Why is there a question about happy endings?

I was just at Transporting Tales, which was held yesterday on a very grey, windy, cold, wet day. It was rather nice to be snug in the Glen Eira Town hall talking about fairy tales! However, I will tell you about that later as I’m off this afternoon to give a paper on princesses at the Australian Children’s Literature Association Conference and I still have to check that all my slides are in order and… you know, get dressed so that I’m not delivering a paper in my pyjamas.

However, this is something close to my heart. Before I headed off to Transporting Tales, I saw a piece in the guardian, “Should children’s books have happy endings?” Seriously, I thought, that’s a question? Still? This has been a debate raging for a while in children’s literature and I find it particularly frustrating. Surely there is room for books with all kinds of endings? And what is so wrong with a happy ending, anyway? Sometimes things do work out. People achieve their dreams on the odd occasion. In the article, Robert Muchamore writes:

Happy endings necessitate a black-and-white world. But what is the mindset of a child who has grown up exposed only to goodies, baddies and happy endings? A hundred years ago, young men queued at recruitment offices to fight the evil Kaiser. Today, they watch online propaganda, switch fast-food uniforms for Kevlar and head for Iraq and Syria. After childhoods crammed with clear-cut villains and happy endings, is it any wonder they’re conditioned to believe in fighting for justice and that ultimate happy ending: the promise of eternal life?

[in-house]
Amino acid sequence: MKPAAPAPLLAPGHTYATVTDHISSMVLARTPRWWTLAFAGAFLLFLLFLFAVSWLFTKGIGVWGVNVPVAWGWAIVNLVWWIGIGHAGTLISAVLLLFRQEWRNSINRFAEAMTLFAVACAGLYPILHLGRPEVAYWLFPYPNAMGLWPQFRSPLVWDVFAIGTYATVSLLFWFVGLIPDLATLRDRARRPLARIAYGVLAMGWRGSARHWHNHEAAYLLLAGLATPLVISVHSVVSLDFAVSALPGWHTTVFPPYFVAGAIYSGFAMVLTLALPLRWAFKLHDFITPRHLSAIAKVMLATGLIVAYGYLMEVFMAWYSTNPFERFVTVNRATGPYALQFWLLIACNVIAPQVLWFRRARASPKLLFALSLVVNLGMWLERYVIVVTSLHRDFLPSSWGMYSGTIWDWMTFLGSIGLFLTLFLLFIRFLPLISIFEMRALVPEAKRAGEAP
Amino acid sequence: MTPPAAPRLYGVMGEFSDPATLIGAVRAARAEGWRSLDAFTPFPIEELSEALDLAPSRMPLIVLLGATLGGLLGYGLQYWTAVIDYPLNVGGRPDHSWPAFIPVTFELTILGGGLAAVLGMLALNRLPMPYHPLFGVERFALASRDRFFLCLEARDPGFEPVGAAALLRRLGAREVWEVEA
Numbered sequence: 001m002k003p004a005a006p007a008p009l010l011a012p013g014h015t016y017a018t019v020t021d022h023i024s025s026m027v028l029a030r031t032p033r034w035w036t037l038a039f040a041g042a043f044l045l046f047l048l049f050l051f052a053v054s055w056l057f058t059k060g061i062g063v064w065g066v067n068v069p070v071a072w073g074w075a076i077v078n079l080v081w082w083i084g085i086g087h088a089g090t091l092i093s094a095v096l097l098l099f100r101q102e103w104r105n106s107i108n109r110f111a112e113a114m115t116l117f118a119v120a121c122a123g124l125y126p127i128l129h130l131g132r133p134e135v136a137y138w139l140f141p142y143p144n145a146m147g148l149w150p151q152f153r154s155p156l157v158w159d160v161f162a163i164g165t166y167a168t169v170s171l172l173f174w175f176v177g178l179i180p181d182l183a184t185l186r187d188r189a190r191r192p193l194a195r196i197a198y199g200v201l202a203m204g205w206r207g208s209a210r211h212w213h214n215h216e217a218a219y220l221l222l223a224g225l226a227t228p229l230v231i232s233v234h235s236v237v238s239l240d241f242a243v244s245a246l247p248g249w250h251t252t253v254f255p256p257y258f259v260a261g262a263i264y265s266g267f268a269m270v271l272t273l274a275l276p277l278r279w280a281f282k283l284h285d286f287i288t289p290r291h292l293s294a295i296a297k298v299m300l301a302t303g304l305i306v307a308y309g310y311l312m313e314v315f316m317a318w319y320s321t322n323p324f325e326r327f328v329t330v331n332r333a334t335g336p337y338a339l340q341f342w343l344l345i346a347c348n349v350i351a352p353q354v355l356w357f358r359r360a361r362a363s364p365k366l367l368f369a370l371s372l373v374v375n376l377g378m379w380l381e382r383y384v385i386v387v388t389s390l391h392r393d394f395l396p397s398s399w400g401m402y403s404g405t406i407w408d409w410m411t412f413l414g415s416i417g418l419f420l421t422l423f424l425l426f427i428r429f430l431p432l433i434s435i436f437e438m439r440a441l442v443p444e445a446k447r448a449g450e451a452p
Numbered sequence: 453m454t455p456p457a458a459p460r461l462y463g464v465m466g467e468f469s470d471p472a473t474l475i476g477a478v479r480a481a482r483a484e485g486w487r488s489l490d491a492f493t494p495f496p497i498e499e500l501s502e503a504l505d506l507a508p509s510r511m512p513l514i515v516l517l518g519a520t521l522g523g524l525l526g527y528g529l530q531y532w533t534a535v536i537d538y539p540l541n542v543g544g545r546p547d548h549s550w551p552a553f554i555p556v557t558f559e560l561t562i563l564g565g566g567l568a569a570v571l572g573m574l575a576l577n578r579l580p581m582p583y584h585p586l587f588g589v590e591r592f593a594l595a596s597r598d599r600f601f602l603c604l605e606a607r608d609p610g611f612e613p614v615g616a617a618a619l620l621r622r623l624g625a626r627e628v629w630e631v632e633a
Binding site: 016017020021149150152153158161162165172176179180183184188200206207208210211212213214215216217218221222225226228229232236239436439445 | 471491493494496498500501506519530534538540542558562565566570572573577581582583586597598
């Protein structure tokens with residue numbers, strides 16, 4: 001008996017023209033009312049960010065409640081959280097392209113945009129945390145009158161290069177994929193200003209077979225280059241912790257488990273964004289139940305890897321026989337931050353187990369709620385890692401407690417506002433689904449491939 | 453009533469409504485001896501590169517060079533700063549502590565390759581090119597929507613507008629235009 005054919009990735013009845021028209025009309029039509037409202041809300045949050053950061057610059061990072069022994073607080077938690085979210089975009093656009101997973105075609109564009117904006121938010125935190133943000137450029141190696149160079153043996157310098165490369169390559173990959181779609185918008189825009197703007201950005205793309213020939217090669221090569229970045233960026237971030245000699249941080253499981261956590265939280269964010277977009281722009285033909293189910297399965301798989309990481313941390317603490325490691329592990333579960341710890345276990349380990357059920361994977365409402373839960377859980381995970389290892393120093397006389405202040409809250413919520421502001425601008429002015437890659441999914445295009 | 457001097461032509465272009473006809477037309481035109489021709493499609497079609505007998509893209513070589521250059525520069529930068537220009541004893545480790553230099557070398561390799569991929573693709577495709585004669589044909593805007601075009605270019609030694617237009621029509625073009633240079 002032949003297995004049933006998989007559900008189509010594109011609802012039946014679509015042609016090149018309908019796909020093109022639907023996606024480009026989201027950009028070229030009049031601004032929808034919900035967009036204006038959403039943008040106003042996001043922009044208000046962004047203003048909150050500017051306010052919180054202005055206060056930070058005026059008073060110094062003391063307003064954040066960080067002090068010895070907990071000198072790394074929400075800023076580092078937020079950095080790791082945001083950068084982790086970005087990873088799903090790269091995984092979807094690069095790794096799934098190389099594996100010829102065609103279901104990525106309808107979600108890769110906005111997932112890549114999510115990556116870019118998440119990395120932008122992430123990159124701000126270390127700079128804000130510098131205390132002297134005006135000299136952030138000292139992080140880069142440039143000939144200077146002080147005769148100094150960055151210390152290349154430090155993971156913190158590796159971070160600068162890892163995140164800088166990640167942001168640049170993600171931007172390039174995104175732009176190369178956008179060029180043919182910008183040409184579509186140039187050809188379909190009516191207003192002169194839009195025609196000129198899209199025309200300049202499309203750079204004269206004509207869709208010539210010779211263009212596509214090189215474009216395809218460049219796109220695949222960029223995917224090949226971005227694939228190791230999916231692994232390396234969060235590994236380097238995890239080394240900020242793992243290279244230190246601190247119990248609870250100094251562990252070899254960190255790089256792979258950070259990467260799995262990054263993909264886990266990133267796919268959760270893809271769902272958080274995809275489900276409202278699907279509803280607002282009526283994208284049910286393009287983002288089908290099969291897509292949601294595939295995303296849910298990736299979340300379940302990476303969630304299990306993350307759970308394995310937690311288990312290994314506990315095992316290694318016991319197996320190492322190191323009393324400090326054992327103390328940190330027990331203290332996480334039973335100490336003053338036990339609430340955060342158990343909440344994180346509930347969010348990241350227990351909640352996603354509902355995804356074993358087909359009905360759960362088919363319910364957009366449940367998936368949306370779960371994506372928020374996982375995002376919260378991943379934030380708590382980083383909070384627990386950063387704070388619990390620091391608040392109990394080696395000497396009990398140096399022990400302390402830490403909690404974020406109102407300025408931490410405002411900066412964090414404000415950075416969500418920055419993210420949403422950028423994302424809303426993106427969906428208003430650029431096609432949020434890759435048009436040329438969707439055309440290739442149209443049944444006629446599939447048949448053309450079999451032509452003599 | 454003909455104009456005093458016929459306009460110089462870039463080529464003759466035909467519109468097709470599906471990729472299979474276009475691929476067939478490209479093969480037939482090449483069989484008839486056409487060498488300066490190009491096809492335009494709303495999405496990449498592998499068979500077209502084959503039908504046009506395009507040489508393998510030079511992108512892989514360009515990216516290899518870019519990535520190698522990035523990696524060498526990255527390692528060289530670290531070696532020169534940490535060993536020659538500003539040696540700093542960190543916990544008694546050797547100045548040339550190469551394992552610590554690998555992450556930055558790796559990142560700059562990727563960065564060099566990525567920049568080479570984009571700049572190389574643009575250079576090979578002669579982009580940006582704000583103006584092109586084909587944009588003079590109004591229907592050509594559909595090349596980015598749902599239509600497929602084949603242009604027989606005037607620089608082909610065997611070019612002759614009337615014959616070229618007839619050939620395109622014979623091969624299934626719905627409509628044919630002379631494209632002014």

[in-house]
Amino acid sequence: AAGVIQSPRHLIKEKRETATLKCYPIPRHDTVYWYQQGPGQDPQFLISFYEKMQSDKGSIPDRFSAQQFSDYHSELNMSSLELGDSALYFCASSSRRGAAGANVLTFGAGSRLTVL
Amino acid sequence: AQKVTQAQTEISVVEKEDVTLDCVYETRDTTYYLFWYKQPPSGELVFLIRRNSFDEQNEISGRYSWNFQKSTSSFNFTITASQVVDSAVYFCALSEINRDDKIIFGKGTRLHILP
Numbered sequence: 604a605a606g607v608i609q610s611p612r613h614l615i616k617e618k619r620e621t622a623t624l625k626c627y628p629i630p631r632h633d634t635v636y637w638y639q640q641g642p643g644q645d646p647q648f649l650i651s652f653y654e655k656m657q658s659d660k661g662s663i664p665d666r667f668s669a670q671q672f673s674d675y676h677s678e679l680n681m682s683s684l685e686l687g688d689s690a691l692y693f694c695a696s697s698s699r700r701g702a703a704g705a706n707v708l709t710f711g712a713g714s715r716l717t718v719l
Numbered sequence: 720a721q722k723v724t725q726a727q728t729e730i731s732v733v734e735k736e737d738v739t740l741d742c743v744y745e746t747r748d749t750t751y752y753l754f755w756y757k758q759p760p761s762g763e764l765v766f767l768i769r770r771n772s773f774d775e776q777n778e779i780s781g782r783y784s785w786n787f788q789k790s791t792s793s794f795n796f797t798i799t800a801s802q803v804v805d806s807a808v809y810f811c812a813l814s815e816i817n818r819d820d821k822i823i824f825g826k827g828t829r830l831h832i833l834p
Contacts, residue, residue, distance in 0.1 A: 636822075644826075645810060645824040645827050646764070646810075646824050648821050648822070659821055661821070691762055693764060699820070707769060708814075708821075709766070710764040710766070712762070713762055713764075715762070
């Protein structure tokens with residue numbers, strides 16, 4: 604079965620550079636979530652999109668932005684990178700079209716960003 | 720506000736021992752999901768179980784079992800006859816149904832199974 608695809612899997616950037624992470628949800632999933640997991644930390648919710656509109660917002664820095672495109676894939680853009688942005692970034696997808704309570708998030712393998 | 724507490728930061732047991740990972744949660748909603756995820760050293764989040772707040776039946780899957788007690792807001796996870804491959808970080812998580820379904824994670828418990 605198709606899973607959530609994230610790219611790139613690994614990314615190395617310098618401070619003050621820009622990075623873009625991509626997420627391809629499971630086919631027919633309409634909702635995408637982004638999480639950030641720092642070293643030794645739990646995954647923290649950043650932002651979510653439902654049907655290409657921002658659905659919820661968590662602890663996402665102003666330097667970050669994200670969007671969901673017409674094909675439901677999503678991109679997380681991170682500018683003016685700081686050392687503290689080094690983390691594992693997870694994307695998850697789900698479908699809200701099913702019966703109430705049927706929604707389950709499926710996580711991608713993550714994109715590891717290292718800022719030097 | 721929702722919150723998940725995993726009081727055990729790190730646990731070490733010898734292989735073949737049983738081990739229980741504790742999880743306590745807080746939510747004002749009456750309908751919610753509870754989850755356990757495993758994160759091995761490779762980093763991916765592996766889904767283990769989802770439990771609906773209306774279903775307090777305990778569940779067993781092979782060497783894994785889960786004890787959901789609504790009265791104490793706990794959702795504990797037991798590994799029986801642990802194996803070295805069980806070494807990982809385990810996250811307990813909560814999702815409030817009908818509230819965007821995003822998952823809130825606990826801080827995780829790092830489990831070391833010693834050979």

I would profoundly disagree. Happy endings can occur in a world of greys as easily as an unhappy ending can occur in a world of black and white. Happy endings can provide hope and motivation to make positive change. They can also provide comfort. Meg Cabot wrote a wonderful blog post about this issue, in which she articulates how books about trauma and misery might be attractive to some teens, but as a teen herself, handling a number of serious issues, she wanted an escape from that and she found it in romance fiction with all its happy endings. I think the ‘fight for justice’ card is a little overplayed too – I’m not convinced that reading a book with a happy ending will prompt any teenager to sign up to the military. I’ve read a lot of books with happy endings and I can assure you, I myself have no desire to sign up. This goes beyond fiction and involves a great many political and social factors. Fiction can provide a possibility of the happy ending. I’m not sure that’s such a bad thing. And those happy endings aren’t all about eternal life or the ultimate justice – many happy endings are about finding a family, celebrating friendship, healing old wounds or simply discovering that the hero is going to be okay after all.

When I began my journey into children’s lit. scholarship, I read a lot of articles deriding novels like Pollyanna, but the thing to remember is that the heroine had to journey through grief, loss, despair, loneliness and disability before she could find her happy ending. There was a reason she had to play the ‘glad game.’ Don’t look at the happy ending and judge the book by it.




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